The only thing I found abit iffy about this project is that you had to spray the tiles several times with the hairspray and still it is only just touch safe. Anything touching it will scrape the picture off it! I’m wondering if better quality spray would be a better idea or perhaps actually using proper sealant.

June 10, 2007

Beaver Welly Pet

Filed under: Kids Projects,Paper Craft — sarah @ 8:18 am

Welly pet

Equipment used:

*Picture sheets

*Clothes pegs

*Double sided sticky tape

*Safety scissors

*Coloured pens etc… for decorating

As some people may know it is Scouting’s centenary this year and we have just had our District’s Centenary Camp celebration – I ended up in the craft tent!

These welly pets were very popular, even with the older children, some of whom were the higher end of the teenage spectrum!

The one in the photo is a beaver welly pet but we had wolf cubs as well. The Scouts and Explorer Scouts kept asking where their version was but we hadn’t anticipated interest from the older age ranges so we had none. What we did do was to get them to design their own ones instead.

What you do is put two pictures (in this case the beaver) next to each other on the computer, make sure that the images are mirror images of each other – most graphics and drawing programmes have an easily accessable function for this, along with rotate and flip!

You then print them.

At the camp, the lady running this stall initially had been given folders of lots of sheets with beavers or wolves on – we gave them to the children who coloured them in with felt-tip pens, wax crayons and colouring pencils. Then because there were a lot of kids, the adults cut the shapes out. However, when I did this in an actual beaver meeting, it was possible to supervise the children with safety scissors.

We also put strips of double sided sticky tape on the clothes pegs, on both sides of the peg, and then we attatched the cut-out beavers to it.

The kids absolutely adored this project – the specified use for these beaver pegs is to keep your wellington boots together but some of the children opted to only stick one picture onto the peg so they could use it as a clip!

June 3, 2007

A Garden Dragon for Fathers’ Day

Filed under: Art and Drawings,Fathers Day,General — sarah @ 10:53 pm

Dragon

My fathers’ day present to my dad was a garden dragon ornament, depicting a dragon emerging from an egg, and it’s made out of a cement/concrete type material, created to look like stone. My dad appeared to be chuffed with this dragon and proceeded to paint it in fantastic detail, bringing it to life!

He loves painting toy solders and little scale models and when my brother and I were young, made us a whole fantastic range of toys! I asked him if he would write up what he did to the dragon – here is his account. :)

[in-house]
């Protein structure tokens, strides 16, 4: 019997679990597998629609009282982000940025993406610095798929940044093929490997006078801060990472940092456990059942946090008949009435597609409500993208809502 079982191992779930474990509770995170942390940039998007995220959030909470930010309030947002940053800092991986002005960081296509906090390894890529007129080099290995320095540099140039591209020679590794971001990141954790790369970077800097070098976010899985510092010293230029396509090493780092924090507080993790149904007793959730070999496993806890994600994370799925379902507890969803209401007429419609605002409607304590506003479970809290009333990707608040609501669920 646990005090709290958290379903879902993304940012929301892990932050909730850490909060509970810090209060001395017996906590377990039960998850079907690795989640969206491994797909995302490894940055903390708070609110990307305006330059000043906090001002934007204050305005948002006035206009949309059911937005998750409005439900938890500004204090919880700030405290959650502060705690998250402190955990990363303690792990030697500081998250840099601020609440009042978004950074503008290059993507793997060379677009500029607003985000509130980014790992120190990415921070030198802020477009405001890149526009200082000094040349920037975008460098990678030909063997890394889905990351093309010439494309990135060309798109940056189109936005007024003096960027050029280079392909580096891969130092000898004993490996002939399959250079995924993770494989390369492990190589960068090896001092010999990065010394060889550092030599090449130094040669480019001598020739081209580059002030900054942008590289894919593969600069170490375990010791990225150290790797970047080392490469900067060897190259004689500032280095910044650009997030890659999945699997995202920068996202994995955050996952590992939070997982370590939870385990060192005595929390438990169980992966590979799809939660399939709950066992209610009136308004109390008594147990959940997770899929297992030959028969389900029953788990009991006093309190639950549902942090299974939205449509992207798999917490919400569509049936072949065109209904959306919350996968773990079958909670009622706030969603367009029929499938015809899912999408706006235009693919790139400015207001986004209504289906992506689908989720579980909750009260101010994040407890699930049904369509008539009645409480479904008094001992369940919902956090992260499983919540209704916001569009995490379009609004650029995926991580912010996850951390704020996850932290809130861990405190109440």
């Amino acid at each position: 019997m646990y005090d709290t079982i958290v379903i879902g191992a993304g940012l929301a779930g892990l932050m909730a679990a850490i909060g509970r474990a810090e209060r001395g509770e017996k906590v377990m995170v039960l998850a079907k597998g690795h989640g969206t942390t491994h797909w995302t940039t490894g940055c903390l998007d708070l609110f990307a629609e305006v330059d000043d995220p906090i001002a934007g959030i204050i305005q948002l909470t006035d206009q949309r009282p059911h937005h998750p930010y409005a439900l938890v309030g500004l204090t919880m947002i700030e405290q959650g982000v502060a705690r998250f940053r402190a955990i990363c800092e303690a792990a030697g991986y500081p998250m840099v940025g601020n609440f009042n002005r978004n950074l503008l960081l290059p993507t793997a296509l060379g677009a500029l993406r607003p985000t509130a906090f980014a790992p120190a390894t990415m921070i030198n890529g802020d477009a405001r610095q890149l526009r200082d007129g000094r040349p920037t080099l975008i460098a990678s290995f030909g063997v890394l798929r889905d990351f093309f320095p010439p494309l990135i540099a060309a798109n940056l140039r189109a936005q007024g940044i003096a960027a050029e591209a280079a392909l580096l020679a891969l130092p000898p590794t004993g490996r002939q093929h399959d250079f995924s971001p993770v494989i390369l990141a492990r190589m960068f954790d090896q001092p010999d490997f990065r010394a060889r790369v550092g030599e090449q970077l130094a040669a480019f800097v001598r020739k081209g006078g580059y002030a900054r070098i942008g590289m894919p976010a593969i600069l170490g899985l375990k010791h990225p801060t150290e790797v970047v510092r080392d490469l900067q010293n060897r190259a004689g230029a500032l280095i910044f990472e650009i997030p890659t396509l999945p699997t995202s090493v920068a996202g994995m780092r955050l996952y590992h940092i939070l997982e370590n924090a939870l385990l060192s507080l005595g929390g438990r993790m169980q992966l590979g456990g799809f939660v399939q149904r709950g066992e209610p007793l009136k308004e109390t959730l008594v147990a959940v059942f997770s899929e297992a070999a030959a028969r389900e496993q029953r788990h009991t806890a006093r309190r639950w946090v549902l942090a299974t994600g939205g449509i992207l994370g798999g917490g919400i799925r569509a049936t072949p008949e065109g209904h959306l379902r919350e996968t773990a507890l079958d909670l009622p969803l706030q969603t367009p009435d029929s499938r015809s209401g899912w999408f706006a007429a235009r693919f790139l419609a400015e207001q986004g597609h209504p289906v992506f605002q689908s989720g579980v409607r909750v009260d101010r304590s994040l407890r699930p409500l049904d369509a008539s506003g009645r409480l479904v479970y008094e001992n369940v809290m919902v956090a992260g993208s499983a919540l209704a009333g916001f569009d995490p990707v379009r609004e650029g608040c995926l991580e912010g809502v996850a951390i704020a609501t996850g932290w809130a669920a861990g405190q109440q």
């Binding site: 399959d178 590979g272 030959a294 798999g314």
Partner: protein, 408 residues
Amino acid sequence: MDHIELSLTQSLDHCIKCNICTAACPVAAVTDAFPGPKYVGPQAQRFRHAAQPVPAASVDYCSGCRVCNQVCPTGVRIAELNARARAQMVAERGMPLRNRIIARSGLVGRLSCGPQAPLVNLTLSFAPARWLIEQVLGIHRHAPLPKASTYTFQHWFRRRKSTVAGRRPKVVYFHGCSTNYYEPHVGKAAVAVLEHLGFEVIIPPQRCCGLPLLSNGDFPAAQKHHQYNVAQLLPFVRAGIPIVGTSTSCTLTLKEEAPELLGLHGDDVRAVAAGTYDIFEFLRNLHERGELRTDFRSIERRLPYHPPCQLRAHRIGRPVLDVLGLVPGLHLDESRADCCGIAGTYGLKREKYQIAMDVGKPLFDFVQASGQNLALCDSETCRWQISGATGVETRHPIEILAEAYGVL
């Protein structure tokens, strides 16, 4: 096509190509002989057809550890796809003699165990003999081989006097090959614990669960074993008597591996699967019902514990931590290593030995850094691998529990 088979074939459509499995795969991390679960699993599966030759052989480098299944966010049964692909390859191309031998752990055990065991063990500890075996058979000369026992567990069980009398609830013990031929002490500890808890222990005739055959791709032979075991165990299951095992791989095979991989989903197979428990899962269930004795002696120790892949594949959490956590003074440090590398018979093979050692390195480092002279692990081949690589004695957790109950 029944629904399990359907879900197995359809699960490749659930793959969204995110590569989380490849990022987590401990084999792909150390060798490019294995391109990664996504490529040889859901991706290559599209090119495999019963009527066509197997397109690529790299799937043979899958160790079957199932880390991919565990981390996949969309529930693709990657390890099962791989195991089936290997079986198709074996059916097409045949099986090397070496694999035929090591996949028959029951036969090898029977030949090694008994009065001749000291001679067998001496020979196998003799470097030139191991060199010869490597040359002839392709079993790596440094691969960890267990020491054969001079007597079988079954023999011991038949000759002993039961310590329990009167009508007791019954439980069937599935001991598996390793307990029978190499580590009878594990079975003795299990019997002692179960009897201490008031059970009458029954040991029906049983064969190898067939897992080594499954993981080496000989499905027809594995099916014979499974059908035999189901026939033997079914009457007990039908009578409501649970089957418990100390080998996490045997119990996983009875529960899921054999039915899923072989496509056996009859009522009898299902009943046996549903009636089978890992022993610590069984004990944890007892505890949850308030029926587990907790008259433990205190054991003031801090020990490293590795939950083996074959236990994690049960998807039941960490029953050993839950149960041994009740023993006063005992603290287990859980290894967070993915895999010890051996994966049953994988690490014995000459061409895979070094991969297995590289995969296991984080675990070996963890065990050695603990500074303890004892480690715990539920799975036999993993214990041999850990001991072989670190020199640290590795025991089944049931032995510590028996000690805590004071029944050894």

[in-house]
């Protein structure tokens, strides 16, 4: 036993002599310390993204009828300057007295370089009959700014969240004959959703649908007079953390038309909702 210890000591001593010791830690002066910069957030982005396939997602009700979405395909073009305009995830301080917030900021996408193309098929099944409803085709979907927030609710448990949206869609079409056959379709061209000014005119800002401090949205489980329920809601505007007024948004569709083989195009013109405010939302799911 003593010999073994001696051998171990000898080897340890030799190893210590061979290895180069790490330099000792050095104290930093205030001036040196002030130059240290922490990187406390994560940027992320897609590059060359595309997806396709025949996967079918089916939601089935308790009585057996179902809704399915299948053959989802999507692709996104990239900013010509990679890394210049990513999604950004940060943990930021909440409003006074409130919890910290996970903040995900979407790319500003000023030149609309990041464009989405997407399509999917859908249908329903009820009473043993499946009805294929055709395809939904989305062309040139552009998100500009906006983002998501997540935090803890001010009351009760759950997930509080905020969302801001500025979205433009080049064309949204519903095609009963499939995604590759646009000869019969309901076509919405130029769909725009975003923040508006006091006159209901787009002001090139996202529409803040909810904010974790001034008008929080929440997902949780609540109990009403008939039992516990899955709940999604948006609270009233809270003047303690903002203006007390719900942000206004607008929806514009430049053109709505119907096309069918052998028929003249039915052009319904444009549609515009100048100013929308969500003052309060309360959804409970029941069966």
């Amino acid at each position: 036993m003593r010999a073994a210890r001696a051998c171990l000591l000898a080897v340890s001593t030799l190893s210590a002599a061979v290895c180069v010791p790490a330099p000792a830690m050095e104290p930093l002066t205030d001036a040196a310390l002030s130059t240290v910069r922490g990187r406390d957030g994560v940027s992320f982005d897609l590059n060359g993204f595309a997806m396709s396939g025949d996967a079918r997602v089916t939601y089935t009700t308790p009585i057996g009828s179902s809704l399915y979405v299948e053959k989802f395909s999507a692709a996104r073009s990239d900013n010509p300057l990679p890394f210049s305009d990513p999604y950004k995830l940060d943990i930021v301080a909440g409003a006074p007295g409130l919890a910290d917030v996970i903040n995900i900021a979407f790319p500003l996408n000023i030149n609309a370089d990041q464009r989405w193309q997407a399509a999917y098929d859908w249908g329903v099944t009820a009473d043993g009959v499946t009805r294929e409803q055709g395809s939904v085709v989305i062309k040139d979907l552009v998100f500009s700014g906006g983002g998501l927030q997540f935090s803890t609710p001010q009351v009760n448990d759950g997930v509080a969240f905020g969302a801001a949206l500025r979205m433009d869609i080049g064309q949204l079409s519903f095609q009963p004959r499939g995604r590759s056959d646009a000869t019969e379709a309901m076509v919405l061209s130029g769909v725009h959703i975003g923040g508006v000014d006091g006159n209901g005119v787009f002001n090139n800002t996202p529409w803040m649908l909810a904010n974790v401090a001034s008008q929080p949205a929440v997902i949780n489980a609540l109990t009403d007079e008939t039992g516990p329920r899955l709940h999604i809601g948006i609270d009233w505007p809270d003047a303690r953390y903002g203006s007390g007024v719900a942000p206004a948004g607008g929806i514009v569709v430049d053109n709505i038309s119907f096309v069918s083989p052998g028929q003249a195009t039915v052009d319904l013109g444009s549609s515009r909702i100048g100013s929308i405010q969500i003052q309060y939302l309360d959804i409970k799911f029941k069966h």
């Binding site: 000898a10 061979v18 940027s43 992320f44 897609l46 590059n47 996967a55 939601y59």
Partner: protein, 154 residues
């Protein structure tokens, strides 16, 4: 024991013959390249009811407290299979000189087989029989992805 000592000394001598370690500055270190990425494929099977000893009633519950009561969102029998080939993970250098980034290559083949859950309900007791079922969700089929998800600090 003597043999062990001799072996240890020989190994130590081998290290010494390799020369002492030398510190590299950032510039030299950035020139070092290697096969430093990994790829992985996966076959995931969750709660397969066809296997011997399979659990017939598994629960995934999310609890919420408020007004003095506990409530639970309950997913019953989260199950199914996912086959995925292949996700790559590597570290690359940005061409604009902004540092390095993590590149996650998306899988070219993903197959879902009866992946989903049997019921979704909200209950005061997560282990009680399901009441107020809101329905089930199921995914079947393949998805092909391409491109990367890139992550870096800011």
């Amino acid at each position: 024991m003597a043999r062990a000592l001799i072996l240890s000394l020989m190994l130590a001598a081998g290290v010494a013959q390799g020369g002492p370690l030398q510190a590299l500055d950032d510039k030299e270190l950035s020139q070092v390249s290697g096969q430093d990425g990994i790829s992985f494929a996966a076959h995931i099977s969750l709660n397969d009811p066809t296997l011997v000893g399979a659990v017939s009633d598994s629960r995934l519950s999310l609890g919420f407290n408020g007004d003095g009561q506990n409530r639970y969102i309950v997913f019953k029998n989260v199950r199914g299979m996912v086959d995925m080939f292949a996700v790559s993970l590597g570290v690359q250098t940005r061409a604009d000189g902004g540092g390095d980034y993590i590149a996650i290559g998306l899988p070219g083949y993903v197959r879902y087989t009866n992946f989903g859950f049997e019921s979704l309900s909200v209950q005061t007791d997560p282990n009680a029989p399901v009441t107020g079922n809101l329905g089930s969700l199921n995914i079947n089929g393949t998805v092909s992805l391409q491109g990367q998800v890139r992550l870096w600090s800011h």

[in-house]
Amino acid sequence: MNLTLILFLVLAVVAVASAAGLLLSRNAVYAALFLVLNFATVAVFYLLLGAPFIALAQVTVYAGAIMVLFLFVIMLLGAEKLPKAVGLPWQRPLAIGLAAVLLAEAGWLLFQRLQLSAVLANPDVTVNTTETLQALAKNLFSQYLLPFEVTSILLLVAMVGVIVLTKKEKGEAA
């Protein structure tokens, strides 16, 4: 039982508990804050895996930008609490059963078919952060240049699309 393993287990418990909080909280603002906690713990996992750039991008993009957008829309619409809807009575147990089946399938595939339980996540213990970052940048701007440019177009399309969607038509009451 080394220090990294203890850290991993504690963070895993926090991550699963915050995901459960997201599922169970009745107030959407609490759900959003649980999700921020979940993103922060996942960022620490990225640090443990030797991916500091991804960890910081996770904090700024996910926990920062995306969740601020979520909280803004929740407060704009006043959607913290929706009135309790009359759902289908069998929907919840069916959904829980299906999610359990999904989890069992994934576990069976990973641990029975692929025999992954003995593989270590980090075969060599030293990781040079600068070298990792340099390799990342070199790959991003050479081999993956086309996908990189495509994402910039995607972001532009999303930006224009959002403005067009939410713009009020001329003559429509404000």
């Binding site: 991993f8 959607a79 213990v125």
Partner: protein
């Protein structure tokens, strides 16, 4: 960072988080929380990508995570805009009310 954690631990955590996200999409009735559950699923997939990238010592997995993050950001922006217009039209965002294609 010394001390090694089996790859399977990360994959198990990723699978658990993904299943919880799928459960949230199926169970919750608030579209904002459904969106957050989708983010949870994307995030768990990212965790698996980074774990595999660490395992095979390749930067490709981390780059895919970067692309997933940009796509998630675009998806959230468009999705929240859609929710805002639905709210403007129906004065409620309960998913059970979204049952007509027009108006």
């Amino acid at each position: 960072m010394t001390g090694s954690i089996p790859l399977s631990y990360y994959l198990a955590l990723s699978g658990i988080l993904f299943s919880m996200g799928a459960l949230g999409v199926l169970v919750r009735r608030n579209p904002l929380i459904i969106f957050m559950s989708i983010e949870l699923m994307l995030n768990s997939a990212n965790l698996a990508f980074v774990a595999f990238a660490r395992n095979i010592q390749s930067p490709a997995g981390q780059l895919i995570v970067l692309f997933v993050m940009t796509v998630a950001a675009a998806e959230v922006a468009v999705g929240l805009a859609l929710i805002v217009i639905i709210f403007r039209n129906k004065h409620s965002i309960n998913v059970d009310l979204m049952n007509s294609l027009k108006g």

MY FATHERS’ DAY PRESENT It was a dragon, as mentioned above, given to me by my daughter. As the finish was a rather dull grey I decided to paint it to resemble a real dragon. Of course as I have never seen a real one I was forced to guess at the colouring. I was very happy to find that the eyes are made of glass and look really authentic.

THE METHOD I used an artist’s brush, with bristles that come to a point, for the fine details. I believe it is called a rigger, and I used a larger one of the same type for the bigger areas. However, I think that an artist’s flat brush might have been better for covering these parts. The paint was Humbrol enamel, which I purchased in a model shop. It is also available in hobby shops. As it is a garden ornament, I finished the whole thing in yacht varnish to protect the paint from the elements.

The egg is the largest part of the ornament that I wanted as a single colour, so I painted it first – grey. Well, yes it is only a shade lighter than the cement but it is somehow better if the whole thing is covered in paint. As there are some pieces of shell that are inside out, I highlighted them with grey paint mixed with yellow.

The next part is, of course, the dragon. I chose a dark green with which I painted the whole dragon, then I mixed a little yellow and/or white into the green to create a lighter green for highlighting the creature’s throat and chest. I also highlighted around the eyes.

The dragon’s claws were painted yellow and the ridge behind the claws a dark grey. I added some black to the light grey.

The nostrils are black and the cracks in the shell are a very dark grey; I added a lot of black this time.

The base the egg stands on is either a representation of earth or rock, so I used light, medium and dark brown paint. I used actual dark brown paint for the dark brown areas and simply added yellow in medium and large amounts for the other two shades.

Finally, the dragon’s mouth. This is pink and the tongue is red. I just added white to the red to obtain the pink.

I should have already mentioned that it is a really good idea to make sure that the paint is dry before adding another colour. With model enamel I usually leave two hours drying time between coats. If it is going to stand in the garden I would leave it overnight to dry completely, before adding a coat of yacht varnish to protect the paint from weather damage.